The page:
Under the CARES Act, the loan period for this program would begin on February 15, 2020, and end on December 31, 2020, during which time an application must be submitted. The program would cover businesses with fewer than 500 employees.


For those who lost employment because of the pandemic, the measure provides robust unemployment insurance, including for self-employed, independent contractors, and those with limited work history. The assistance will include an additional $600 per week for each recipient and provides an additional 13 weeks of benefits to those who remain unemployed after state unemployment benefits are no longer available.

Source: Breakdown of the COVID-19 Relief Bill Passed in the House

Families First Coronavirus Response Act and the Family Medical Leave Act

Payroll also factored significantly into the second coronavirus relief bill that passed on March 18, 2020. Within it, small businesses with 500 employees or less are directed to offset payroll costs with a tax credit. In addition, federal sick leave and family medical leave programs are significantly expanded.

FMLA is typically unpaid leave, but the Families First Coronavirus Response Act provides 80 hours of paid coronavirus-based leave. The first 14 days of leave may be unpaid, but an employee can choose to substitute accrued vacation leave, personal leave, or other medical or sick leave during the leave. The employer cannot force an employee to use their accrued paid leave.


In Conclusion

As we gain more insight into the nuance of the work for Congress, we will be sharing that information broadly. If you have a resource that you think would benefit your fellow outfitters, send it to America Outdoors and we will add it to our ever-growing collection of community resources.


Website Links:

Department of Labor Wage & Hour Division Pandemic Resources

OSHA Guidance

Outdoor Recreation Roundtable Resource Page

America’s Small Business Development Center Network Coronavirus resource page

SBA Disaster Loans


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Mary Oswald
Durango, CO
3/27/2020 08:01 PM

  Thank you for your timely, well-researched article. Question: as the owner of a business ( an s-corp so i pay into unemployment including for myself) should i apply for unemployment insurance, which i was planning on doing, or will that affect negatively my ability to qualify for loan forgiveness which I'm hoping to get for payroll for my staff as well as rent. In other words, I understand that, in order to qualify for loan forgiveness, emplyees hours and wages cannot be reduced, but are the owners of business counted in that qualification?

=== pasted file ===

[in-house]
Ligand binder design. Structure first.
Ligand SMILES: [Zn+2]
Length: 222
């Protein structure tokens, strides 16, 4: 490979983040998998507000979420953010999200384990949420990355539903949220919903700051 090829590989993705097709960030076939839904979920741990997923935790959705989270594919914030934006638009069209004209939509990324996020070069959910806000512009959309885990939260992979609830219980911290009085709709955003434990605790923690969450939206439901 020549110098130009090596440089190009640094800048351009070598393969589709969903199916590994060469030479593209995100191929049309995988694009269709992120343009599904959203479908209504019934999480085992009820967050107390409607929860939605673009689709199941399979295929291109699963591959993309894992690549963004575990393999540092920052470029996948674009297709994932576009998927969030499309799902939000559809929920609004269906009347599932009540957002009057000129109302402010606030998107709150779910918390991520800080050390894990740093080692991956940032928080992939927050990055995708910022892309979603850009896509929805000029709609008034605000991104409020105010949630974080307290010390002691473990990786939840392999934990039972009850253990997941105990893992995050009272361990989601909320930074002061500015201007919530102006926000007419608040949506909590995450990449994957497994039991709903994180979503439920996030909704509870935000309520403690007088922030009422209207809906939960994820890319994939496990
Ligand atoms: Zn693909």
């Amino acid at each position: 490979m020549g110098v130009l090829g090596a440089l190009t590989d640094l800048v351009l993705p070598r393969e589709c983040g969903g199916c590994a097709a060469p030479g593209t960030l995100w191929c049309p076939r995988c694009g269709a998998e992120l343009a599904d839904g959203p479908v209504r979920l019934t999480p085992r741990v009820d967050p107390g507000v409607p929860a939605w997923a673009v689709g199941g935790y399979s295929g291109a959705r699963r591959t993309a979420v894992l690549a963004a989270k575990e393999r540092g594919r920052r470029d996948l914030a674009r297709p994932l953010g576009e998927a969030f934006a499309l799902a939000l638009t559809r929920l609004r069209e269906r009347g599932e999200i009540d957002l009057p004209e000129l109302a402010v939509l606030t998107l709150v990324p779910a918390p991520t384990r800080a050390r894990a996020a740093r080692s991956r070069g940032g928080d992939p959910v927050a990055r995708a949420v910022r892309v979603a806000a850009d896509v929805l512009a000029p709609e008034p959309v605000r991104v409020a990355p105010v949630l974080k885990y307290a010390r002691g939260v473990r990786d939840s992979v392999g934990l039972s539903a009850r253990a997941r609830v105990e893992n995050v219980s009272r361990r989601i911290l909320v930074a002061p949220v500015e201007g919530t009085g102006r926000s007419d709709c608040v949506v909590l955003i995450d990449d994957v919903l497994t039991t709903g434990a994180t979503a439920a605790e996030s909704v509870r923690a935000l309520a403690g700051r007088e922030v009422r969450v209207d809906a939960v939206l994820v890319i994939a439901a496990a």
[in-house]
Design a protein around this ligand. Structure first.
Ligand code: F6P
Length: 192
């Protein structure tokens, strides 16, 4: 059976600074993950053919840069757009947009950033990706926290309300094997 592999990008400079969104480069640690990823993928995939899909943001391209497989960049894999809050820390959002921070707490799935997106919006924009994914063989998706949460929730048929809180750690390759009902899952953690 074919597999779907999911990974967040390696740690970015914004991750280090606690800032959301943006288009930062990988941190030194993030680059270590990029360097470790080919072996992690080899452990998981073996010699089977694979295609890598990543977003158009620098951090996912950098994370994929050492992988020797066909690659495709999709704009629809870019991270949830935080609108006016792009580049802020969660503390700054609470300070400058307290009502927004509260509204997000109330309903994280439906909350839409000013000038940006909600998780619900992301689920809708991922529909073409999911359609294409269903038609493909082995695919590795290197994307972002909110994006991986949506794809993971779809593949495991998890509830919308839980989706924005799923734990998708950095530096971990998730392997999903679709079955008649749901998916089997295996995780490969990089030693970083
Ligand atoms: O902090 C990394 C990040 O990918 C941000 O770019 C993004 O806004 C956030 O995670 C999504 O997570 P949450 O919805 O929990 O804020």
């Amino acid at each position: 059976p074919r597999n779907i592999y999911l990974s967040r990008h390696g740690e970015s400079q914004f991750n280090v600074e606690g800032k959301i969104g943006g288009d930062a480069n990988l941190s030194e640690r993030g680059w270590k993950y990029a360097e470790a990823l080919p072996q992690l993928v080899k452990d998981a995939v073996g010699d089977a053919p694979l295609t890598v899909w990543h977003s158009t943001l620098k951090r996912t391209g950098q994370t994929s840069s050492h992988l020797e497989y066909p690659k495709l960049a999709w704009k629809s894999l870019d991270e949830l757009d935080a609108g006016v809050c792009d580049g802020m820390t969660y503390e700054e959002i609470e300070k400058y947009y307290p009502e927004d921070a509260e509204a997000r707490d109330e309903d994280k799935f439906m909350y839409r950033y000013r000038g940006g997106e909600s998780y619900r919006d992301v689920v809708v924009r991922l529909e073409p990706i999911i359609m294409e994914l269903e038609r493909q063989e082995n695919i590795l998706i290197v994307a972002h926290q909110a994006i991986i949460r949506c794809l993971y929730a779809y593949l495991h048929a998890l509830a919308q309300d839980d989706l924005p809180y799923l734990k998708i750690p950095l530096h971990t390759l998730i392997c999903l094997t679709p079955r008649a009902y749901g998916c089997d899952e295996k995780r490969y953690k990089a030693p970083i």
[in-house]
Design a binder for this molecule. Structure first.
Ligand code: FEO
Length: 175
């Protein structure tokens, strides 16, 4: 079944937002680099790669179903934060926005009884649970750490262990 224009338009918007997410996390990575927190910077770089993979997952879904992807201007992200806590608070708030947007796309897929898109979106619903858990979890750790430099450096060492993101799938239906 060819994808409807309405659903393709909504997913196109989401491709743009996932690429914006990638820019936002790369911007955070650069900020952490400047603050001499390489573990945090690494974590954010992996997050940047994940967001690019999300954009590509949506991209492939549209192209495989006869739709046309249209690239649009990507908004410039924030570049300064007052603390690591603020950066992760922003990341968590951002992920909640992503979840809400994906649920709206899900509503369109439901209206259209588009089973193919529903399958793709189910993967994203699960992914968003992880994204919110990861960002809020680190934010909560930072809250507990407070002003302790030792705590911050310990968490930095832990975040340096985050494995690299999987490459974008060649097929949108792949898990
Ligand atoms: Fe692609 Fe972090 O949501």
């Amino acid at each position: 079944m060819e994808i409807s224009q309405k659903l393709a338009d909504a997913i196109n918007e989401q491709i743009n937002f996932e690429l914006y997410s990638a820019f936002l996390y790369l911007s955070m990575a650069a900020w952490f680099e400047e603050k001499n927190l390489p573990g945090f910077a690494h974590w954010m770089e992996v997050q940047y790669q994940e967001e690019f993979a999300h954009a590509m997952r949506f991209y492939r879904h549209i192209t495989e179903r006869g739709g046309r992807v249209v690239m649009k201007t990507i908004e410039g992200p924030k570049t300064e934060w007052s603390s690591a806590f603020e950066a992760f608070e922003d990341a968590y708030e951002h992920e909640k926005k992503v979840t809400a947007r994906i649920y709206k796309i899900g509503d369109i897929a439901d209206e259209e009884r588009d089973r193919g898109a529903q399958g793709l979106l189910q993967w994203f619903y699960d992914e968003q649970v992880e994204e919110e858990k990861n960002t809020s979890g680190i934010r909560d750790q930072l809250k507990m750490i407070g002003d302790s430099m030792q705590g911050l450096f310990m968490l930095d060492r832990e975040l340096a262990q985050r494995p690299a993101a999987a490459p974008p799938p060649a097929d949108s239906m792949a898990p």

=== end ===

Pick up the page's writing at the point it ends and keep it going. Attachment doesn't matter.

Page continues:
America Outdoors
Knoxville, TN
3/30/2020 02:56 PM

  Thanks for asking, Mary, that is a great question. We are researching it and will get back to you.. Joy: We are trying to find the right resource to get them answered well. The C.A.R.E.S. Act has some complexity to it, though there is some consideration for seasonal outfitters, that will apply differently to AO members then it will to other businesses. This is a tentative answer, based on our preliminary reading of how the bill applies to what it describes as a seasonal operator. You can get a loan for up to 2.5X your average total monthly payments for payroll for the 12-week period beginning 2/15/19 and ending 6/30/19. That loan may be used to cover payroll, employee benefits, salaries, mortgage interests, rent, utilities, and interest on existing debts. The portion of the loan that was used to cover payroll costs, mortgage interests, rent, and utilities is eligible for forgiveness. The way the C.A.R.E.S. Act reads, The amount of loan forgiveness will be reduced by the amount of reduction in total salary or wages if it is more that 25% less than the employee’s most recent full quarter. The amount of the loan to be forgiven will be reduced by this year’s average payroll divided by last year’s average payroll for the same 2/15 – 6/30 period, so there is a penalty for not hiring at last year’s level on a sliding scale.

Joy Staveley
flagstaff, AZ
3/27/2020 07:14 PM

  I am unclear about who qualifies for the loan forgiveness and the amount the loan can be for. Are Grand Canyon river outfitters eligible if they do not lay off any employees on their payroll as of March 27, 2020? Will the loan cover payroll, property taxes, insurance, utilities, equipment and supply purchases? Will the entire amount of these expenses be forgiven?